Archer Materials announces ‘considerable progress’ in 12CQ chip development

An Archer 4 x 4 mm single-chip quantum electronic device after installing and bonding into a commercial chip carrier. Image credit: Archer Materials 

Semiconductor manufacturer Archer Materials said it is proceeding to wafer-scale quantum electronic device fabrication with the development of its 12CQ chip

In an ASX announcement today, Archer CEO Mohammad Choucair said the company is making “considerable progress” in the development of the 12CQ technology, with its technical achievements delivering a strong basis for pursuing external engagement with tier-one semiconductor companies. 

Wafer-based functional chips are crucial to the development of the 12CQ technology and will help Archer develop mobile-compatible quantum processing that can be easily integrated into modern electric devices. 

According to Archer’s latest update, during the past few months, the company kickstarted technical programs of low-temperature (cryogenic) characterisation of quantum electronic devices (QEDs) necessary for the development of qubit readout and control mechanisms in Archer’s chip-based quantum logic devices. 

It also partnered with researchers at EPFL to create second-generation, unique integrated chip designs for the potential complex spin manipulation of Archer’s qubit material.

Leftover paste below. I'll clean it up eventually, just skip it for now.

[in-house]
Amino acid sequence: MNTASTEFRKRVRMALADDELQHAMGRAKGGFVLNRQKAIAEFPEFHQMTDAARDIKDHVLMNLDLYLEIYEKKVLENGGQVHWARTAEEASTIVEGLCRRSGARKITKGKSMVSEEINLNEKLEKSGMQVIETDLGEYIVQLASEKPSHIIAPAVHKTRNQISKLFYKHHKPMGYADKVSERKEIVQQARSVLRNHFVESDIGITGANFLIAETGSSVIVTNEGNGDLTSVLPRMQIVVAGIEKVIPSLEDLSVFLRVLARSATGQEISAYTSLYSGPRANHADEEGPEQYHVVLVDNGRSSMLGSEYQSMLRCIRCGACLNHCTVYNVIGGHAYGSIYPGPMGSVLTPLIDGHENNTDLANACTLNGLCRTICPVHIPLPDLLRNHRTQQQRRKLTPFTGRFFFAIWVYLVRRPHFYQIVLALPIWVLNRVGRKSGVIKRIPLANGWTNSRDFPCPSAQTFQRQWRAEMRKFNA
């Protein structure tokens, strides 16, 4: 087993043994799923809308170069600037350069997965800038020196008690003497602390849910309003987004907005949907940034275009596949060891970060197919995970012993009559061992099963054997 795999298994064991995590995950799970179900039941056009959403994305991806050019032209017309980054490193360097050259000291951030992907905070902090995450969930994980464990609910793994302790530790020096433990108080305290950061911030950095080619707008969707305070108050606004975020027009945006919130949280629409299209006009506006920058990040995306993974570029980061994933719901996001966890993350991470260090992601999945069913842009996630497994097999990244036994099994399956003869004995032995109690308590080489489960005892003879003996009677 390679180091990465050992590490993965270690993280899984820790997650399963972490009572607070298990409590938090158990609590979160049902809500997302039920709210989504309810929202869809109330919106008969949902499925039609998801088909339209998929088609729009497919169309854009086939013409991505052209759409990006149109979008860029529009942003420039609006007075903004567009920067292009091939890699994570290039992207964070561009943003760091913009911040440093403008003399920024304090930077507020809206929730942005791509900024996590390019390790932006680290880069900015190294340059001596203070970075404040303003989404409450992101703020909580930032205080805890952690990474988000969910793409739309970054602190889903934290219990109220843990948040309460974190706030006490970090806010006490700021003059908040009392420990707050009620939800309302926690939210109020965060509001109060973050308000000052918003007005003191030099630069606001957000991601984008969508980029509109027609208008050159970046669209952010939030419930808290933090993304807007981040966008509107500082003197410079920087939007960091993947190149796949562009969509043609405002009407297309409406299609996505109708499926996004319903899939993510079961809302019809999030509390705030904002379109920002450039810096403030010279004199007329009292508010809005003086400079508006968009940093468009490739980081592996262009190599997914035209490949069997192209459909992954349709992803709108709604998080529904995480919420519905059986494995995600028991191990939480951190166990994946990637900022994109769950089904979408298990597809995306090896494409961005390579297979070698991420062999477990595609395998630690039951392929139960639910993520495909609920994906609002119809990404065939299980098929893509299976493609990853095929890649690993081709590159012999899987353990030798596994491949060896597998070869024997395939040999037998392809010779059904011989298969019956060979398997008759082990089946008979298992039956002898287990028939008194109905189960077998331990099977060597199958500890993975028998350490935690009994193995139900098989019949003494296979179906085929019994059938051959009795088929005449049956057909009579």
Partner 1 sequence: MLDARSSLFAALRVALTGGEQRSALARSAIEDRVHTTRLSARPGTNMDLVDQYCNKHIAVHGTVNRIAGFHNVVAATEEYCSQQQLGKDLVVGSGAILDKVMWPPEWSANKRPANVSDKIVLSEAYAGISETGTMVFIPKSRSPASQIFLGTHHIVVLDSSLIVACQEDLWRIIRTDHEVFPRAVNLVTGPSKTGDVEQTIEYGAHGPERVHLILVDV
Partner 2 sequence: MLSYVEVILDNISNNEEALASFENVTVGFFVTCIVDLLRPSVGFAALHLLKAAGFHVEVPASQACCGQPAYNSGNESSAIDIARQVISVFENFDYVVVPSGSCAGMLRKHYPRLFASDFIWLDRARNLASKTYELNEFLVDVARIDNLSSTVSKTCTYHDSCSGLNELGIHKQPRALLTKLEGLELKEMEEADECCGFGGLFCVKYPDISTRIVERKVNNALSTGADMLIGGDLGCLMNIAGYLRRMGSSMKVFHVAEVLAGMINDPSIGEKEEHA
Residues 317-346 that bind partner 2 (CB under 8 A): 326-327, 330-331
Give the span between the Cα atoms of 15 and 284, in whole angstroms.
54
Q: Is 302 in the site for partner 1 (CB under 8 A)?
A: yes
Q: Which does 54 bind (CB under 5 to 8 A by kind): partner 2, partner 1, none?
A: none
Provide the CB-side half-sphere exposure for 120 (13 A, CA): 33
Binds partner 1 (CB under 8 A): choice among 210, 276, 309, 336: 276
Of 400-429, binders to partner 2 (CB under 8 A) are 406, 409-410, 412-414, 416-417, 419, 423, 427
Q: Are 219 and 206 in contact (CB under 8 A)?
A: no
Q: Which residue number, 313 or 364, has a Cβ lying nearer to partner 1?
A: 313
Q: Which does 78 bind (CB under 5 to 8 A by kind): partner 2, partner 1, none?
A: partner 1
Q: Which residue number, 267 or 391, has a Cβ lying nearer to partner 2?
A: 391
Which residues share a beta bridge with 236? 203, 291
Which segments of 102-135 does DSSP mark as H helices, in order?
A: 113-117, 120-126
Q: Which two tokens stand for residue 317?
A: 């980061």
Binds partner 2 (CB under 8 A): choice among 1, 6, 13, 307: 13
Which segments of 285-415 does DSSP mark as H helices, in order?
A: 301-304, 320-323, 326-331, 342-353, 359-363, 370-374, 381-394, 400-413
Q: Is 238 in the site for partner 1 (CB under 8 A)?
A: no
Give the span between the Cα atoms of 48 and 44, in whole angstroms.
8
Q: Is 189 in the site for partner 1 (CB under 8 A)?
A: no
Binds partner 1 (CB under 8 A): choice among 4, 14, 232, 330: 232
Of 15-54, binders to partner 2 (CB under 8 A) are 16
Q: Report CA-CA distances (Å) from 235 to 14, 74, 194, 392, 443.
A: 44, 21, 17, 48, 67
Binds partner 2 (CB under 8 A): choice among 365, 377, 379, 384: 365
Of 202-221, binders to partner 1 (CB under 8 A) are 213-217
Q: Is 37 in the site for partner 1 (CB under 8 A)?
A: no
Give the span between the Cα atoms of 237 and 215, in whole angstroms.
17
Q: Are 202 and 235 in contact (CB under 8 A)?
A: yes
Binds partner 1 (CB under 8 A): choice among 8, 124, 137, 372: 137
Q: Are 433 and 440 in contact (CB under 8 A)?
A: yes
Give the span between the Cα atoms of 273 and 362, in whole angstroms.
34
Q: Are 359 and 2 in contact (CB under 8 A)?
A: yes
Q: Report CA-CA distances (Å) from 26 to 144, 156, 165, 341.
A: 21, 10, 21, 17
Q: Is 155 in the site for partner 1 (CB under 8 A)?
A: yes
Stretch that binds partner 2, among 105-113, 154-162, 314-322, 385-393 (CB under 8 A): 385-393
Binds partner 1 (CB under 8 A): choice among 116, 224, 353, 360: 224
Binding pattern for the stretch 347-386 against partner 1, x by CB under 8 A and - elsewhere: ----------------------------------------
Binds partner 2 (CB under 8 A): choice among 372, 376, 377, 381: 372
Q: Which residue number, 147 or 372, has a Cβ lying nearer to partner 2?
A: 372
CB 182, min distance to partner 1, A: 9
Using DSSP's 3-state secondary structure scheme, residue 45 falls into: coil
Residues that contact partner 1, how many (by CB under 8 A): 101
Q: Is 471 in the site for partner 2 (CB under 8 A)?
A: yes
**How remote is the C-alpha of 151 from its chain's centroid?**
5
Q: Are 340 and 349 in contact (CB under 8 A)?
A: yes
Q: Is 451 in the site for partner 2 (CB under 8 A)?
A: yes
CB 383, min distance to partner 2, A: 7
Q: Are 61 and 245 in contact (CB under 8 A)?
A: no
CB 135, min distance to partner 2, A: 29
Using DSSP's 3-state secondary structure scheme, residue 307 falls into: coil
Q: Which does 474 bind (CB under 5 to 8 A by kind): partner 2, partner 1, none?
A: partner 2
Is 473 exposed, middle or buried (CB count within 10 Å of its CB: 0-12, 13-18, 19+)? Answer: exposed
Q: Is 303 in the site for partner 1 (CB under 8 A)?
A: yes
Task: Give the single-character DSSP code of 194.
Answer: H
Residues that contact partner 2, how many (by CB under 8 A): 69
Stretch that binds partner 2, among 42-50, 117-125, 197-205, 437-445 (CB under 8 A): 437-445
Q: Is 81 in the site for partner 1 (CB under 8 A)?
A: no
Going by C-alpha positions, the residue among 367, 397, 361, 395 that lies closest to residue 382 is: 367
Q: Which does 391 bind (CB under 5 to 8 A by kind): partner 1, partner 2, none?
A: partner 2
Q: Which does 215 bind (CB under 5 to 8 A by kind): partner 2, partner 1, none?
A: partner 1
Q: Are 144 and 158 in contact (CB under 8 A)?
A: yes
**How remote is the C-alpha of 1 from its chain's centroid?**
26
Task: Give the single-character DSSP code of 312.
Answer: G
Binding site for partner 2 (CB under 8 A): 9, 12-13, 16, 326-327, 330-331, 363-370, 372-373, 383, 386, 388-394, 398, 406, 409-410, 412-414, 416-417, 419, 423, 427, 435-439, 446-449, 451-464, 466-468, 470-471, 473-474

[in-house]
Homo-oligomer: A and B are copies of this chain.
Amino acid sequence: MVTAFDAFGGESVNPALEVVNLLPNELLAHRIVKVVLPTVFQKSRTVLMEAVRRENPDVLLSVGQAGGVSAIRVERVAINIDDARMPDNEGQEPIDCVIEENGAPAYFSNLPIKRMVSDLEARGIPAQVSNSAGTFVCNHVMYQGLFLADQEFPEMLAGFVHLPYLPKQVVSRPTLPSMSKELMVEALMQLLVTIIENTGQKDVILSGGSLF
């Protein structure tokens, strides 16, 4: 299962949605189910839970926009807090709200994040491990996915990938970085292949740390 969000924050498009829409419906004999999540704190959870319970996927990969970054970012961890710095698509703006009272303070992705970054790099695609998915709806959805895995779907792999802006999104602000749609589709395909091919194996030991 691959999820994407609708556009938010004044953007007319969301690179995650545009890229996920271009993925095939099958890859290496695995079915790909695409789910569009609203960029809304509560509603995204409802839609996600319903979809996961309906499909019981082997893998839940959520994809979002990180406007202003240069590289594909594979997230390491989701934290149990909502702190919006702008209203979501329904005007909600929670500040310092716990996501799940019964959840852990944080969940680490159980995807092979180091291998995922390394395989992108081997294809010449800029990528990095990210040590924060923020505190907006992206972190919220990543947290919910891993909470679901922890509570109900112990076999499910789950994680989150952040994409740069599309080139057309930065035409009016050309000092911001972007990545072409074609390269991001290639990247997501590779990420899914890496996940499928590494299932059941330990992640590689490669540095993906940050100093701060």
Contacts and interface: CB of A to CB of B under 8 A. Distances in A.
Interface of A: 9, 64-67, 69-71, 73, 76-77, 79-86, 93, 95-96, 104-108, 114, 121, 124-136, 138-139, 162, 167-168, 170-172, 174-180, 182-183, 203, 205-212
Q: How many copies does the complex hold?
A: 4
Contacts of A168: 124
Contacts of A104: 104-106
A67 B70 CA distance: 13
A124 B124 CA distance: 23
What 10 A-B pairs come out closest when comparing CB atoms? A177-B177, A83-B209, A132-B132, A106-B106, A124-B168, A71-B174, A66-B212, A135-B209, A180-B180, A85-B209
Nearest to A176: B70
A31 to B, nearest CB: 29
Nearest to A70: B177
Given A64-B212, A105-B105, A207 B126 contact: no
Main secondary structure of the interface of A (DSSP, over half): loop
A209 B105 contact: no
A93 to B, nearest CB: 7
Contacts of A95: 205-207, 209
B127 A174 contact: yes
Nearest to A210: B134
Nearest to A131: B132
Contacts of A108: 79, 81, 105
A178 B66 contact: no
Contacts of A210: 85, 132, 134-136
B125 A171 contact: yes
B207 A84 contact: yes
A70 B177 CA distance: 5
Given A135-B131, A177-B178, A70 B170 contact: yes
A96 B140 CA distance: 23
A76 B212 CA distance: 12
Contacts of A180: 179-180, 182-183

The new chips are being manufactured in a semiconductor foundry located in Europe and are expected to go through testing, optimisation, and application in 2023. 

In November 2022, Archer said powerful supercomputer simulations provided the most accurate understanding of Archer’s unique 12CQ qubit material to date, which is a metallic-like nanocarbon. The discovery is currently under a routine peer-review process, with publication expected in the second half of 2023. 

Meanwhile, Archer said it has now obtained access to a local cutting-edge cryogenic quantum device measurement laboratory and commercial technical programs of cryogenic characterisation QEDs. 

This is despite the sector’s scarcity of available and accessible world-class facilities to perform the sophisticated quantum measurements required for 12CQ chip development. 

Archer is also eyeing a potential breakthrough in the foundry packaging of the 12CQ chip architecture, with the company’s engineers developing an encapsulation method for the 12CQ qubit chips that could create an artificial vacuum that would enable devices to be operated in ambient conditions. 

“Initial outcomes of the packaging development indicate cleanroom processing is compatible with standard semiconductor foundry methods while maintaining coherence times. This means the approach has the potential for technology translation to industrially scale Archer’s 12CQ qubit chip architecture,” Archer Materials said in its update.